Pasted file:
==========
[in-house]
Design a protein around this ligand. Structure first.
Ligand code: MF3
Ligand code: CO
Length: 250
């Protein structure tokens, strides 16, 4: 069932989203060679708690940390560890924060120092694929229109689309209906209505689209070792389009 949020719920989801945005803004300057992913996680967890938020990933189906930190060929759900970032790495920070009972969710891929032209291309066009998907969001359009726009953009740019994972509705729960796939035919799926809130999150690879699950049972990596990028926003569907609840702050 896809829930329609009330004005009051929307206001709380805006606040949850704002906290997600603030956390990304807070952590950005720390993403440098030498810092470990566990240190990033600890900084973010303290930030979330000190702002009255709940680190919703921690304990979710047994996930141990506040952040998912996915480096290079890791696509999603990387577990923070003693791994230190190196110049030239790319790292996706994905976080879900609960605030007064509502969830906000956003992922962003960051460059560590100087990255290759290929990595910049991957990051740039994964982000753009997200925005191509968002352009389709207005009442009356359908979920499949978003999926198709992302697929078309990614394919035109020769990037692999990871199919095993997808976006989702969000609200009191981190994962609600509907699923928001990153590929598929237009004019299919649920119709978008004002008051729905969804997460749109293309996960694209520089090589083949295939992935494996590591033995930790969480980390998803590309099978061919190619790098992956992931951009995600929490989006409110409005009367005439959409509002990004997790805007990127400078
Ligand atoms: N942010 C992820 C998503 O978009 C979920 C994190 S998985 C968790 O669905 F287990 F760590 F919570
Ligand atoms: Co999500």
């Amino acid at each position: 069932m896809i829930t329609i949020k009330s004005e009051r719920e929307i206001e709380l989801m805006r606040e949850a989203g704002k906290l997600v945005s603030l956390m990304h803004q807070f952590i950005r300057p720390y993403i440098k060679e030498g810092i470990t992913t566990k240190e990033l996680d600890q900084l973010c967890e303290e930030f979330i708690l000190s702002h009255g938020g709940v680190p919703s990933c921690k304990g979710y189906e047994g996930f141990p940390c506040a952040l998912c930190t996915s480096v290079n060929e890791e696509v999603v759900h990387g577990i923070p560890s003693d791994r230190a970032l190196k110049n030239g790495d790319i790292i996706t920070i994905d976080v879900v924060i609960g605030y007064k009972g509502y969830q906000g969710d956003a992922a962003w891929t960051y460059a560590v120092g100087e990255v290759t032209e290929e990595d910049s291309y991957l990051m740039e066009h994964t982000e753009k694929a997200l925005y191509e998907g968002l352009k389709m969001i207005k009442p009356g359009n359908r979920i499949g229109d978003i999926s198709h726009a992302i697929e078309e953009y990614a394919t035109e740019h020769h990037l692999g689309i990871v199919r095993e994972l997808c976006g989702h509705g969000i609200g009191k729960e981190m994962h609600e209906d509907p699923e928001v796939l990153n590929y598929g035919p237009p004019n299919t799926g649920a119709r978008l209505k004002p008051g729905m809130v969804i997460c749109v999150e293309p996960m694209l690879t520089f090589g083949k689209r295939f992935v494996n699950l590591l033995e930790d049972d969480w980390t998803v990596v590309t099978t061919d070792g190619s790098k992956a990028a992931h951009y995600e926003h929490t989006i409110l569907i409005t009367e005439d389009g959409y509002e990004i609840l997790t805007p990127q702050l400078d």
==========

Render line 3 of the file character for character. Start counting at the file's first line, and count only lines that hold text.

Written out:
Ligand code: MF3